Question about mopping

Started by Badger Dave, June 07, 2009, 10:54:12 AM

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Badger Dave

Hi from Wisconsin.  I'm new to smoking, but even though I live in Wisconsin I cook outside year round.

While I'm still in the learning curve on the Bradley, one thing puzzles me.  Some sources - Bill and Cheryl Jamison in Smoke and Spice, for example - say you should never b aste in a water smoker.  In the (cursory) Bradley recipe book basting is clearly suggested.

Can I mop in this smoker?  Should I? Why?

Thanks for the help.


Yes you can mop in the Bradley. Why? it add's flavor and moisture however you dont always have to mop. Some put butts and briskits in a foil pan and cover with foil (boating)

Oh yeah throw that book out  ;D just funning


Badger Dave

Thanks for the help.  Your response raised another question: the Bradley Owners Manual says specifically to never use aluminum foil.  It's really OK to do so?


Quote from: Badger Dave on June 07, 2009, 11:25:53 AM
Thanks for the help.  Your response raised another question: the Bradley Owners Manual says specifically to never use aluminum foil.  It's really OK to do so?

What they are meaning is not to foil the racks or v-tray. Doing this will prevent smoke from getting to the food and may cause smoke and moisture to back up into the smoke generator and cause a malfunction. Wrapping your food is ok. Also never close the vent off completely. Always have 1/2 to full open.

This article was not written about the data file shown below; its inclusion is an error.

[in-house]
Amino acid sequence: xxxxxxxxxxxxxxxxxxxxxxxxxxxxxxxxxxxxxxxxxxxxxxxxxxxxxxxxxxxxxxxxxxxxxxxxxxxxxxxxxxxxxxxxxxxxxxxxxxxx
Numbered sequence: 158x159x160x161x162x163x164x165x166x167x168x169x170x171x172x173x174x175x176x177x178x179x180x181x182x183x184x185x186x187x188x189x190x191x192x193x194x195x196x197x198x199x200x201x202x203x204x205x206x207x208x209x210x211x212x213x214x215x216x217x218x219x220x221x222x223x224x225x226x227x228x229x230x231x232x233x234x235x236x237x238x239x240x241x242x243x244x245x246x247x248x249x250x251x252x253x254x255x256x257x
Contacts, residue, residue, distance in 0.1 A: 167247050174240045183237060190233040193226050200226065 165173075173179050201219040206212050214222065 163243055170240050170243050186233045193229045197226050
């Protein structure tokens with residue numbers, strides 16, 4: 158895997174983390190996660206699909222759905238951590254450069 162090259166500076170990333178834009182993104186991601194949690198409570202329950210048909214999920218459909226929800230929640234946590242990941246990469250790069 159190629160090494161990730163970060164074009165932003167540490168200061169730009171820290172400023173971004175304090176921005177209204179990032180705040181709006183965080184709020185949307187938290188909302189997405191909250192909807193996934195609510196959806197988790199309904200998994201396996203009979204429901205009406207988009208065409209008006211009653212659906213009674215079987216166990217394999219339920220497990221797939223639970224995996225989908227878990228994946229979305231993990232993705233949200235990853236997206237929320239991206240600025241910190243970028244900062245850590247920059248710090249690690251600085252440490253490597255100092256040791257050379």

Badger Dave

Hey, thannks again.  I'd never have figured that out from the manual.

Habanero Smoker

As NePas stated you can mop, but each time you open the door it will increase your cooking time. Some members have guesstimated that each time the door is open to mop you can add up to 30 more minutes of cooking time.



Another note not mentioned yet is the Bradley is not really a water smoker.
Click here for our time proven and tested recipes -


I mop a lot - it's just in my blood.  It's the way my forefathers did it - I'm sure of it! - well at least my Dad and Grandad!  My Grandad's family came to Middle Tenn in the late 1700's, staying a while in Appalachia after immigrating from Ireland before getting here.  I guess they learned it in Appalachia.  Some food research done while my daughter was in ETSU, about the area's cooking from long ago, indicated that like most barbecue, they did it over open pits.  And to keep it moist while over the open pit, they mopped.  Seems that it was usually a thin vinegar based mopping sauce sometimes with tomatoes, sometimes with just peppers.  Oh well I got off the subject.  As Habs said, in any cooker, and especially the Bradley, opening the door to mop increases the cooking/smoking time.  However, properly timed, that is not a bad thing.  You don't want to mop the first 3 hours (when recovery time is longest).  You want the rub to set and start forming bark, and you want the meat to absorb all the smoke it can.  Then when the IT hits the 145 to 160 mark, it hits the plateau and the outside of the meat is cooked, that is when I start mopping.  Yes, it lengthens the cook, but the longer the plateau the better - generally!  Near the end of the smoke, the meat is nearing the same temp as the cabinet temp, recovery is faster, so mopping then has less impact on time - but can make a big impact on taste.   
"A man that won't sleep with his meat don't care about his barbecue" Caneyscud

"If we're not supposed to eat animals, how come they're made out of meat?"